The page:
Jonni McCoy, the Miserly Mom, shares her tips for making frugal snacks for kids, finding the motivation to save money and offers an inexpensive reupholstery idea.
Frugal snacks for kids
Q: I was wondering if you have any ideas for frugal, healthy snacks for kids. Mine love crackers, but they can be expensive. Any suggestions? – Kathy
A: I can relate to this problem! Mine love crackers and other expensive snacks, too. You can make your own crackers, flavoring them anyway you like (cheese, garlic, onion, bacon, etc.). Here are some sites to visit for recipes to get you started:
Other than crackers, there are many homemade treats that are also healthy. I make muffins in large batches and freeze them. When the kids get hungry they can microwave them. I serve popcorn made from scratch. This costs one cent per cup. Make available several toppings to make it interesting. We use cheese powder, Lawry’s seasoning, garlic salt, taco seasoning, and old fashioned butter. Be creative!
We also encourage sliced fruit and maybe a dip or yogurts for them. Or sliced vegetables with toppings, such as ants-on-a-log (celery with peanut butter and raisins on top). We also make our own granola bars with homemade granola (see Miserly Moms for a non-fat recipe).
Motivation to save
Q: Just like going on a diet, I become very frugal for long periods of time, doing all the right things, from writing a menu and a food-shopping list to checking out sales and stocking up. I am restrained and don’t buy stuff on impulse and ask myself if I need or want that item. Then after being very budgetwise for a long period of time, I just go loose. I stop keeping all those good habits. I start racking up credit card debt again. I stop making menus and just go to the store buying a lot stuff. Needless to say, we end up in a financial hole, and we have to dig ourselves out. Is this common? How do you stop this cycle? – Nancyann
A: This is very common! I equate being on a budget to being on a diet. We go on the diet, lose weight, then get tired of the restrictions and go eat wildly again, only to put the pounds back on. In order to make the budget stick, we have to have a good reason to stick with it. If we do it because we “should,” we’ll bail on the plan. If we want to stay with a budget in order to reach a goal, then we’ll be more likely to stay on it.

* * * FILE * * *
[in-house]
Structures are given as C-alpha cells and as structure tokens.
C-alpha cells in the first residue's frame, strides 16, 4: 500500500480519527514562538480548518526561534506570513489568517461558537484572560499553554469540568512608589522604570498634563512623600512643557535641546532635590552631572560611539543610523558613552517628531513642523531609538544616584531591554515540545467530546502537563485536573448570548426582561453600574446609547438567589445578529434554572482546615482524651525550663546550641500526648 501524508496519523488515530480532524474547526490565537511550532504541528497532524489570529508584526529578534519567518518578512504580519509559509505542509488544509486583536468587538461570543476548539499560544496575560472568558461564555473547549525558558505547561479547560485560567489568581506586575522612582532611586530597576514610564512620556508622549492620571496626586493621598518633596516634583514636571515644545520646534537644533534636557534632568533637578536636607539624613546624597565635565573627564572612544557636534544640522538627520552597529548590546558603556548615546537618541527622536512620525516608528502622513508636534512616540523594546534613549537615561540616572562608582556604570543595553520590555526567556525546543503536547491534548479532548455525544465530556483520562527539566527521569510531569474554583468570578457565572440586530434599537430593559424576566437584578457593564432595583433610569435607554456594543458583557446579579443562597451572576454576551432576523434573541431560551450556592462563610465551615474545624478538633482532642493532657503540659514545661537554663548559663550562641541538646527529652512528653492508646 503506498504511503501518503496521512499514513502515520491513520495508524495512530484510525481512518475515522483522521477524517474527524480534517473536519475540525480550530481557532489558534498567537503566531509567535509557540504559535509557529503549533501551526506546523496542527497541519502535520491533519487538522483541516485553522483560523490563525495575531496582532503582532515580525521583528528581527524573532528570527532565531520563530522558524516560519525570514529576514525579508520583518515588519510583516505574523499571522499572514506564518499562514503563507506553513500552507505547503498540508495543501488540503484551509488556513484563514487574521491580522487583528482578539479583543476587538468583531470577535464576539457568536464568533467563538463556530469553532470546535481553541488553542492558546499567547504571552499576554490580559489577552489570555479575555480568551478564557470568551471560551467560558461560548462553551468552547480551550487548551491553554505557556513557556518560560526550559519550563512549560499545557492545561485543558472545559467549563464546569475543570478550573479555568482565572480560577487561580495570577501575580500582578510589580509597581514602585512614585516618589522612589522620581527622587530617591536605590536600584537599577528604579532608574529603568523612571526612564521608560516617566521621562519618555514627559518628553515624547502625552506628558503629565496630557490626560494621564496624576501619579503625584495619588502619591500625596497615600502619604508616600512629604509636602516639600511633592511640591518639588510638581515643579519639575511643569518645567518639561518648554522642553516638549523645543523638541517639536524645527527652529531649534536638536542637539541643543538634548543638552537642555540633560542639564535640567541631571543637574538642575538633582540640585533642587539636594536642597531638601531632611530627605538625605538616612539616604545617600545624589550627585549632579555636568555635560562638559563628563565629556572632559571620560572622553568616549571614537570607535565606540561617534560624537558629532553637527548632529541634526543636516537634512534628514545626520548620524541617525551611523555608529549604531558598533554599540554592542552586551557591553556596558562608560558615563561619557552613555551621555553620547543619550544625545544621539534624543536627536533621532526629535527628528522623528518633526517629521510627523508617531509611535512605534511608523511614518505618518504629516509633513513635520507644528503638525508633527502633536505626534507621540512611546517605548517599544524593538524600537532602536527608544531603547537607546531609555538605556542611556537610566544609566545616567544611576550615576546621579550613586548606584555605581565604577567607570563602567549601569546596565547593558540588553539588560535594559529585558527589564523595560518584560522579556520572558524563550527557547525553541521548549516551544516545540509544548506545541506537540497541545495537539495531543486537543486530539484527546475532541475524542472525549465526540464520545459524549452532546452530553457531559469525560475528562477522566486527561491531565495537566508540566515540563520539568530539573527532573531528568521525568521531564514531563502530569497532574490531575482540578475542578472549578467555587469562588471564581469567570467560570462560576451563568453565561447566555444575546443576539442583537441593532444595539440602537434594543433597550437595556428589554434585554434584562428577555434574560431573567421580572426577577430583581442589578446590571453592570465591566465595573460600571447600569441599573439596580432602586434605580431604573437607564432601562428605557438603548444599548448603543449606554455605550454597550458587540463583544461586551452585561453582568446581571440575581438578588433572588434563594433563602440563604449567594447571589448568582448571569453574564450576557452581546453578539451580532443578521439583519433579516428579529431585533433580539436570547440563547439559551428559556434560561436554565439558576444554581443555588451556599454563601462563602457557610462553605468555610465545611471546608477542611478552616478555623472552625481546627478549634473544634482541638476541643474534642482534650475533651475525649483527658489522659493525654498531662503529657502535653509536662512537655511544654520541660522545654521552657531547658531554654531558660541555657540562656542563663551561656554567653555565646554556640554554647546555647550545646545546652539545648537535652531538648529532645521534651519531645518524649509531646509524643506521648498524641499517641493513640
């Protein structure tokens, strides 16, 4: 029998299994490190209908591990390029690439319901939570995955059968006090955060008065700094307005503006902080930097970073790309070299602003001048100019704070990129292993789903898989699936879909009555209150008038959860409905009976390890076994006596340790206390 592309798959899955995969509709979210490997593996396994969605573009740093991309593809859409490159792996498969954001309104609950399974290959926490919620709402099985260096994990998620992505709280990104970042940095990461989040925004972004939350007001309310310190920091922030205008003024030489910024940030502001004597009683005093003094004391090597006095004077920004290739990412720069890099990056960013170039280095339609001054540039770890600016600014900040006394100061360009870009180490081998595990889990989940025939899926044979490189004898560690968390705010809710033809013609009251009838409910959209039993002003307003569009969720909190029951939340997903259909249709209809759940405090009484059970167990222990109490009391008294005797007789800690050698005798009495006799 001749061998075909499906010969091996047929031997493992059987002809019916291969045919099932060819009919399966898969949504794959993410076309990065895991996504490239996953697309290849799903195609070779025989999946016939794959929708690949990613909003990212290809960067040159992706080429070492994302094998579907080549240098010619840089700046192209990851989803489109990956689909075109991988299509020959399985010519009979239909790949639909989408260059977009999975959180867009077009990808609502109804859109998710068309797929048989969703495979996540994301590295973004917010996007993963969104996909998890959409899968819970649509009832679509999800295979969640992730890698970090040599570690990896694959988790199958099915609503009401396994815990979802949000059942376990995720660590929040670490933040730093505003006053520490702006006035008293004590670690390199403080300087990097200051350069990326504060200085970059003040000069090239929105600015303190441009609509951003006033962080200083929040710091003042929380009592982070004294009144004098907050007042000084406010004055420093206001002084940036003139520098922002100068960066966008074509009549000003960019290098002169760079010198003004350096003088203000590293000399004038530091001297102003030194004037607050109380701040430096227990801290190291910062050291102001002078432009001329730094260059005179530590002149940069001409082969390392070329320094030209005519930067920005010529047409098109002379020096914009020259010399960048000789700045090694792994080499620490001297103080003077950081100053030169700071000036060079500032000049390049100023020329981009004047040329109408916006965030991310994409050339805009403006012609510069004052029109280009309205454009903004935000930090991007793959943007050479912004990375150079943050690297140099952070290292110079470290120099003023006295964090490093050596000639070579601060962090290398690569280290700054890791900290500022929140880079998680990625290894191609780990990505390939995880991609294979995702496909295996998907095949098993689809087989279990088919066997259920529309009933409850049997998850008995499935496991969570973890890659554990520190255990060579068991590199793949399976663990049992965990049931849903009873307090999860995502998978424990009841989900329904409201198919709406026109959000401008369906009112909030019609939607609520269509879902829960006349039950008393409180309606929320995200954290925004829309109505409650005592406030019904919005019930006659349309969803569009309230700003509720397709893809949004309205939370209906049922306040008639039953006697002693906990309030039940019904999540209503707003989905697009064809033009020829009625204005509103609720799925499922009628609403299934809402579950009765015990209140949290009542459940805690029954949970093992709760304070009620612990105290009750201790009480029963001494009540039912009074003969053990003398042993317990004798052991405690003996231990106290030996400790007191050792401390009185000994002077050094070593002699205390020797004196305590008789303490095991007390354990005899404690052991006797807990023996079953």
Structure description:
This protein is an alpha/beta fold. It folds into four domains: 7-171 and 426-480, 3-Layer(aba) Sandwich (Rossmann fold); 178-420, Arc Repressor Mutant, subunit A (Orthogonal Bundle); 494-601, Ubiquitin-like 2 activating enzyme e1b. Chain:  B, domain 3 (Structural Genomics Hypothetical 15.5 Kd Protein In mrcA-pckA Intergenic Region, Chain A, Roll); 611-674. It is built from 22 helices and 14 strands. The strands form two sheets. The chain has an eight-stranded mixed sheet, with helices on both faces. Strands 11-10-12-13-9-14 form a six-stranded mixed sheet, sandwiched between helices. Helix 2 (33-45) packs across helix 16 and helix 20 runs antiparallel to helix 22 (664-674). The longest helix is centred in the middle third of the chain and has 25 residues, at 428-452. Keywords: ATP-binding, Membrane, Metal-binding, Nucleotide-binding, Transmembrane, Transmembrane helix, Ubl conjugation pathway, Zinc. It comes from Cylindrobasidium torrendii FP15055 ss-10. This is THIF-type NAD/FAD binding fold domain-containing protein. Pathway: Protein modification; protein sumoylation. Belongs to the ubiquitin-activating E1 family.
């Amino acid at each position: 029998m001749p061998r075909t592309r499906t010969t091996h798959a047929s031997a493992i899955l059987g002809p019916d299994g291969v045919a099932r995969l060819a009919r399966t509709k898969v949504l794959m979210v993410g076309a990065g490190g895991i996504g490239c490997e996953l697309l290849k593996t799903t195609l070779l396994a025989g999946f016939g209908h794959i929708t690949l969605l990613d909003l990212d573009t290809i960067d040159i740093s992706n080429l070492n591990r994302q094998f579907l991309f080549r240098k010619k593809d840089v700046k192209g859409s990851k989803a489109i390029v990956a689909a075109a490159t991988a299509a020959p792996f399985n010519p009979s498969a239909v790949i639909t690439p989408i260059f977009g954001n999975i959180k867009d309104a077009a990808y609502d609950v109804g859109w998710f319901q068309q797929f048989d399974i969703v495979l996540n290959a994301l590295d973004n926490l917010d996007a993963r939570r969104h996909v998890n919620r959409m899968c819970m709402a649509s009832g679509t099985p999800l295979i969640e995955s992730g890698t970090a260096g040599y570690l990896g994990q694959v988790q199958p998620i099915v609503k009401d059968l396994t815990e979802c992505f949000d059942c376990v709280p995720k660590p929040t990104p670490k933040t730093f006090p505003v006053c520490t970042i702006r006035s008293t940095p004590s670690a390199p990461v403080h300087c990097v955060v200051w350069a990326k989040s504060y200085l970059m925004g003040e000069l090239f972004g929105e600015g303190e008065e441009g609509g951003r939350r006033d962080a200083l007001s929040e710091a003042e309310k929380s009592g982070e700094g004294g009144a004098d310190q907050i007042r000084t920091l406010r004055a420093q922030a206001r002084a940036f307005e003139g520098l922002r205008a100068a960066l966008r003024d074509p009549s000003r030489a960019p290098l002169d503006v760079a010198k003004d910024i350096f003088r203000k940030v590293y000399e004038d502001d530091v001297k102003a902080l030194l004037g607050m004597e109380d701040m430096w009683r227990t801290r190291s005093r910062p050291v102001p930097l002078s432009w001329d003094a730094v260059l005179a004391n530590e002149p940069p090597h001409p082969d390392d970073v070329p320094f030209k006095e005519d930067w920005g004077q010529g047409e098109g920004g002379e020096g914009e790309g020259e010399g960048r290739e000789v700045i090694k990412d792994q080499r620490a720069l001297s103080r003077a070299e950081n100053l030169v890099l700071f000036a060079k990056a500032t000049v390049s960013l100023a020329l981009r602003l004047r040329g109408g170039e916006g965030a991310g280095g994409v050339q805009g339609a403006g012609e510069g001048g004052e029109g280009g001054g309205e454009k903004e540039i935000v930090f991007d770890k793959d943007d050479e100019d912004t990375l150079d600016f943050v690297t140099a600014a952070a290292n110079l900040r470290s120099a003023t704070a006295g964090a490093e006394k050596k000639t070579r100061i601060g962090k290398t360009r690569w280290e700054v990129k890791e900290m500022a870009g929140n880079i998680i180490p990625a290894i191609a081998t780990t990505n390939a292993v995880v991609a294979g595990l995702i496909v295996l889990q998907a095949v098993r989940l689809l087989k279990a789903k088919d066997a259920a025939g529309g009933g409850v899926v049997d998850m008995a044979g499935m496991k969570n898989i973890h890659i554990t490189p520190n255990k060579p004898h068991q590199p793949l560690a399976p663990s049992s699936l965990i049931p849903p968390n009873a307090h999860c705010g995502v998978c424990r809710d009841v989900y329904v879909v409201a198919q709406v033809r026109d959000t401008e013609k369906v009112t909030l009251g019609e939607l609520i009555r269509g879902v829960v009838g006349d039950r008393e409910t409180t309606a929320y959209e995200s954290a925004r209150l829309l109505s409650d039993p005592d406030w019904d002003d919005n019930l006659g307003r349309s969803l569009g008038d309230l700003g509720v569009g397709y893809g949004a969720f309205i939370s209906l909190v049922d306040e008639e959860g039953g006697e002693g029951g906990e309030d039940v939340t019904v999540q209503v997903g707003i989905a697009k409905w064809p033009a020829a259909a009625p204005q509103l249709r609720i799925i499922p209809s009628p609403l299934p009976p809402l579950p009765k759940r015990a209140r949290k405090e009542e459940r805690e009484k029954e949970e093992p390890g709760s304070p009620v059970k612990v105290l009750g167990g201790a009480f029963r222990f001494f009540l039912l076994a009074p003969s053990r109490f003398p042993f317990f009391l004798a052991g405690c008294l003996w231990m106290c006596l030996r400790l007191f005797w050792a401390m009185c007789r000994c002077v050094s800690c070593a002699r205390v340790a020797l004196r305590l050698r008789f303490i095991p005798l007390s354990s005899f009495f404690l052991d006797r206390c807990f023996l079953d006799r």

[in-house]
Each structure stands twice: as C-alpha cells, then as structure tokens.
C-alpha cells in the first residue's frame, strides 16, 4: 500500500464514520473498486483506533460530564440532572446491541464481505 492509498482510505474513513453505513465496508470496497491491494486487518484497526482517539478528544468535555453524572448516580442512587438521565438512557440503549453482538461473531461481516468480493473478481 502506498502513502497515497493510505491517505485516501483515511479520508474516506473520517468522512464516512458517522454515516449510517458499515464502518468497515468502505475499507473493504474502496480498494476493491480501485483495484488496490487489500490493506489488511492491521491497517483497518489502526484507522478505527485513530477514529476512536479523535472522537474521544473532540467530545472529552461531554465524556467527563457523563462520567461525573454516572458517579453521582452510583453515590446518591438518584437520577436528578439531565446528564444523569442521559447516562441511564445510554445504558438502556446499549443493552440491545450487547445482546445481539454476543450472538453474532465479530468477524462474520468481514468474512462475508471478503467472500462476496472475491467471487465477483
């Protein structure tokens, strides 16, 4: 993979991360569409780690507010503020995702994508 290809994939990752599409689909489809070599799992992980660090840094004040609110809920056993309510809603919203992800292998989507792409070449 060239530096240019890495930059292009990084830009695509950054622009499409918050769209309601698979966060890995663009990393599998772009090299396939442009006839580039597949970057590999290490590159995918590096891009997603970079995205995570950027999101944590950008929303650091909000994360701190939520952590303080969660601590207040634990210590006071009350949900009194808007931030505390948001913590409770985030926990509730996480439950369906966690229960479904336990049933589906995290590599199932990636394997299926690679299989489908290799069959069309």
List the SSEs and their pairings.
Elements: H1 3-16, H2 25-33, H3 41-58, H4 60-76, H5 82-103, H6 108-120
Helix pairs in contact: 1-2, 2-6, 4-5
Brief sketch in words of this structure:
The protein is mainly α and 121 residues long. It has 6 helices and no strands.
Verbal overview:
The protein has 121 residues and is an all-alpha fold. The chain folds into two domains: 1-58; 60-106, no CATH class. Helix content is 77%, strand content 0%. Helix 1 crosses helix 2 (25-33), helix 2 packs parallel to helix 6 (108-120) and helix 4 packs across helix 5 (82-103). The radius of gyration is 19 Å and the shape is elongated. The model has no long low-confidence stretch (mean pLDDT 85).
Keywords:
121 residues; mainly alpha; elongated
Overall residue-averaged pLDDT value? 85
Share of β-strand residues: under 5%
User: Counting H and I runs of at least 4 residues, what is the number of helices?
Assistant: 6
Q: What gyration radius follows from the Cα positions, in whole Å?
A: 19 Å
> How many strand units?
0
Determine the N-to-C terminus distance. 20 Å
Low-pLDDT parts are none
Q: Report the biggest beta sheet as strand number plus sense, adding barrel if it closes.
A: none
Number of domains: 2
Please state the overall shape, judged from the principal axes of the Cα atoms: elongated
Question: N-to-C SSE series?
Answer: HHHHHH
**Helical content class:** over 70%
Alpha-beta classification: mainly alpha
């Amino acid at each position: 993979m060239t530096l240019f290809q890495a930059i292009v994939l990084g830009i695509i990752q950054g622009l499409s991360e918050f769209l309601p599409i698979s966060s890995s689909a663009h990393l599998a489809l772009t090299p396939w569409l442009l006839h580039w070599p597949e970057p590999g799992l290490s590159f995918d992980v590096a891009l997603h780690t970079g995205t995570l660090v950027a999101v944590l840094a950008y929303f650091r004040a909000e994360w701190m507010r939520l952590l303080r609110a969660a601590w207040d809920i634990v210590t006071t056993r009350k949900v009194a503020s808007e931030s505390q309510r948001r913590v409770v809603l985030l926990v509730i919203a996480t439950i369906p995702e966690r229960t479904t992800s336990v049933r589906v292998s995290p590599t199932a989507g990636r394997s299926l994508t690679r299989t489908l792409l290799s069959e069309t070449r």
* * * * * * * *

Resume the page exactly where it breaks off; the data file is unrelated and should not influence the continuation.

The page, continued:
My goal was to stay home with my kids and not work. I wanted that very badly. And I knew that if I used my credit cards or over spent on my budget, that I might have to go back to work and not be with my kids. That was my motivation. You need a motivation. Pick something that will make you say “no” to debt.
Inexpensive reupholstery idea
Q: I have a sectional sofa that is only five years old and is in good shape except for one corner where the cats clawed the material completely off of the arm and left the wood showing. Is there anyway I can cover it inexpensively? Any covers run at least $100. – Lynne A: We have the same problem at our house. I have a love seat that the cats have torn up and I couldn’t afford to have it recovered. I tried the throws but those keep coming undone. So I went to a fabric wholesaler who sold the ends of fabric rolls from factories. You have to have this kind of outlet because their rolls are extra long. Since most couches are long, you need the extra length that a regular fabric store can’t offer. I bought enough yards for my love seat for $60, and went to work with a staple gun. I took off each piece from my sofa and laid it out as the pattern for my new fabric cuts. Then I restapled them over the old fabric. I did this for each section. It took two entire days, but looked great! And I’ve never done this before. I hope this works for you!